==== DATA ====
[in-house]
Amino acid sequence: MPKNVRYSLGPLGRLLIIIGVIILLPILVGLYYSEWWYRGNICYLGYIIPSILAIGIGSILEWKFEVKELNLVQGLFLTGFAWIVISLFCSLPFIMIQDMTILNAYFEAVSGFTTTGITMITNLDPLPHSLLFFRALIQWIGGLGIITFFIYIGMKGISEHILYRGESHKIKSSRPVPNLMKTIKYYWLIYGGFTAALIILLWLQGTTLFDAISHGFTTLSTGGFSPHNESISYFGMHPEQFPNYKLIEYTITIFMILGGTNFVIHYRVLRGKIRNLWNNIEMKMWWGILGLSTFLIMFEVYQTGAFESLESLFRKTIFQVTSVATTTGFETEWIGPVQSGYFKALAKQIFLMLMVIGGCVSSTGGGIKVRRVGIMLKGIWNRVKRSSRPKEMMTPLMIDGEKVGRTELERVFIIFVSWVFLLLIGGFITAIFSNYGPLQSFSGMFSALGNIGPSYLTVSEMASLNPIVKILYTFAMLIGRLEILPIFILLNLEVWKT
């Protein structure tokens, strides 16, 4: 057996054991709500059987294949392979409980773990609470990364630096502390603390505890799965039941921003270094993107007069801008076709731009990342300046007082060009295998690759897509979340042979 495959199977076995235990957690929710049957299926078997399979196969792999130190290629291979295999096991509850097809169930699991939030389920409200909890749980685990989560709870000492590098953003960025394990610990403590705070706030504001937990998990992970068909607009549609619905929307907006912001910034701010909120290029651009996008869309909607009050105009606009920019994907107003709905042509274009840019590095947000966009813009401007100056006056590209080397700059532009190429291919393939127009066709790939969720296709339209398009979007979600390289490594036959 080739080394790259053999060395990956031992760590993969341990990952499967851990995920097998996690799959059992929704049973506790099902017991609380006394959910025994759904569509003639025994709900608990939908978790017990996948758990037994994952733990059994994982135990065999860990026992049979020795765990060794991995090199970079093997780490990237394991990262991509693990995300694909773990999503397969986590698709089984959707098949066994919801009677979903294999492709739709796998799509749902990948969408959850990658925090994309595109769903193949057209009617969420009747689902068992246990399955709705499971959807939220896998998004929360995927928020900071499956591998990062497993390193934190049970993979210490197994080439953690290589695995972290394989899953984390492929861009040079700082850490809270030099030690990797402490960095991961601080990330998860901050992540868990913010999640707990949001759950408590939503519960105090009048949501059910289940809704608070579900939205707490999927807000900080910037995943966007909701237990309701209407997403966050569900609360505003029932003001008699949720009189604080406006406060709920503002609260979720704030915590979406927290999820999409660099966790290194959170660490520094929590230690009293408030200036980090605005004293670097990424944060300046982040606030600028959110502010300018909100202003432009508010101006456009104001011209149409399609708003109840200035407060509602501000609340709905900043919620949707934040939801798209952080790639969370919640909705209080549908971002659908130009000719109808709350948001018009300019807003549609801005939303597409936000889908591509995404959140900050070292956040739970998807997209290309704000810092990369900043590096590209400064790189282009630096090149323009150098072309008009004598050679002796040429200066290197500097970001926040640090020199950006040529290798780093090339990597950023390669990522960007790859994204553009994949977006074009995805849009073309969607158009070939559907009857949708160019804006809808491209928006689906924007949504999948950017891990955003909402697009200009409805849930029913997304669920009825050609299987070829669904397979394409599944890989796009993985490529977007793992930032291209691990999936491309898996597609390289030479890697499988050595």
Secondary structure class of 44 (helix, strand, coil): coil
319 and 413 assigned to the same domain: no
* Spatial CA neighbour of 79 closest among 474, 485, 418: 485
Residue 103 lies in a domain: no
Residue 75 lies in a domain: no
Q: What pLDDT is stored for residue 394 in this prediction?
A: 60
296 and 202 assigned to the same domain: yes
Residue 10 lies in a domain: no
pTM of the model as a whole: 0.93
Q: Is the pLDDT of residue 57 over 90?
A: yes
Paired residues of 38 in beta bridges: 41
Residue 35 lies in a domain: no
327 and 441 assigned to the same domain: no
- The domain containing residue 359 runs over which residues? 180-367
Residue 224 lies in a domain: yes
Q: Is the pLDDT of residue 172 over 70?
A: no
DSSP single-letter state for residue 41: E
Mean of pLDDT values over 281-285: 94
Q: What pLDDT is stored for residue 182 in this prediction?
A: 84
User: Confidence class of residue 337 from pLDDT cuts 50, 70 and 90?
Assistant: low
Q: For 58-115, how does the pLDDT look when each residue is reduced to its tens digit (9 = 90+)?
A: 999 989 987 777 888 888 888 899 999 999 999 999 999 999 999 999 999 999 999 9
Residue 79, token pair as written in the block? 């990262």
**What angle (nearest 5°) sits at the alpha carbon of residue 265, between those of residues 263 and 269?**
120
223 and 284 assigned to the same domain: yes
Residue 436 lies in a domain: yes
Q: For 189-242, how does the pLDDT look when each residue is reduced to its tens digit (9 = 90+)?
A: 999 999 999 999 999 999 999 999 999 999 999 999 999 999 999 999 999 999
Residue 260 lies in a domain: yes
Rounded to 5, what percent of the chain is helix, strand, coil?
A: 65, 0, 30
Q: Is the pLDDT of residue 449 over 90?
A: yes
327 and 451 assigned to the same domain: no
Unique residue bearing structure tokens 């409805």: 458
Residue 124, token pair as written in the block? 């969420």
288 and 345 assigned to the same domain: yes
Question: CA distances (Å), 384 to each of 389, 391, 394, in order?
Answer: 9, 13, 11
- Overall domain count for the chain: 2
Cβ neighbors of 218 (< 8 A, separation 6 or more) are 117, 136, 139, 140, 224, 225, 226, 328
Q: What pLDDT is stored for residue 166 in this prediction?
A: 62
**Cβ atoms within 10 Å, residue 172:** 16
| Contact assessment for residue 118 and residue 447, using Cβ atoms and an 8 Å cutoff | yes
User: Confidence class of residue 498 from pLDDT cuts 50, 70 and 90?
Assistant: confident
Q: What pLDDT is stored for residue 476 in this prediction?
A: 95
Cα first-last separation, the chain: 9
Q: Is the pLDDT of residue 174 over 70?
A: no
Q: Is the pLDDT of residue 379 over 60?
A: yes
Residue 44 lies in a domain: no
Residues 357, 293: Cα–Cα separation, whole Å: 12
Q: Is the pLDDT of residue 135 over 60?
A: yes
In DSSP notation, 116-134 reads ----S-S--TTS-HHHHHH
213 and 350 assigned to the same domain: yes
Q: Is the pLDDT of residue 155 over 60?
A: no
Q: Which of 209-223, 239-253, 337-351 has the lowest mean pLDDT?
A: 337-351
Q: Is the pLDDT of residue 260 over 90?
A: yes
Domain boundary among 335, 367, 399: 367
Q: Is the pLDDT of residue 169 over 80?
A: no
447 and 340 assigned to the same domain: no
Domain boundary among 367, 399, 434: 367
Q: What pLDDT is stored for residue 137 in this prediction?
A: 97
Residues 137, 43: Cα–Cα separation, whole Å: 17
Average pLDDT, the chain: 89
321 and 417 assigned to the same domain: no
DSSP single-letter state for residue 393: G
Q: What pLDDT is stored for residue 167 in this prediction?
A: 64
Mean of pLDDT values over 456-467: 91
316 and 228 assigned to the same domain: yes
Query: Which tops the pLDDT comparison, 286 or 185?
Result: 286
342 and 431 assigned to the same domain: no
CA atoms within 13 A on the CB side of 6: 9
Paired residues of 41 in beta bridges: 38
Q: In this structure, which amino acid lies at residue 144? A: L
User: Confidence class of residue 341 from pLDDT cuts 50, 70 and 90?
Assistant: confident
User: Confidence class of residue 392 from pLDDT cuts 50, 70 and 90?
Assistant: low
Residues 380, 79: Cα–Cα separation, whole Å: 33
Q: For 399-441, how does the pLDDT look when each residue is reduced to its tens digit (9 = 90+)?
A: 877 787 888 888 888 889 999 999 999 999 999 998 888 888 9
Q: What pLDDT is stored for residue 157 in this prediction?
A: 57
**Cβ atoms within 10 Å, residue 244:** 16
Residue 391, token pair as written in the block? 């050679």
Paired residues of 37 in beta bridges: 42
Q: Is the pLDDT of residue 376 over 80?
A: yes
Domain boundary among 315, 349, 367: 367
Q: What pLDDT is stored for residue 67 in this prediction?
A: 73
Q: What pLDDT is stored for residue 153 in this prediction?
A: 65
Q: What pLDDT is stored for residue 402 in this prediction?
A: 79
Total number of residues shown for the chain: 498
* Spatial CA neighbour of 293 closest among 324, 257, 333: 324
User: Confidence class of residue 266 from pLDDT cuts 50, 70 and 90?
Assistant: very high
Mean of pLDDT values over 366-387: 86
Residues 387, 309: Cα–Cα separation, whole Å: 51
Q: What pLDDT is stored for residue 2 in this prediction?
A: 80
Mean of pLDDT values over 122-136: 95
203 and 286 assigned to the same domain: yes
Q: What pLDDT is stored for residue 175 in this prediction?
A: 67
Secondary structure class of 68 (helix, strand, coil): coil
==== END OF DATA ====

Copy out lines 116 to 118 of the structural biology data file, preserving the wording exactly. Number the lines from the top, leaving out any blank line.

Q: What pLDDT is stored for residue 402 in this prediction?
A: 79
Total number of residues shown for the chain: 498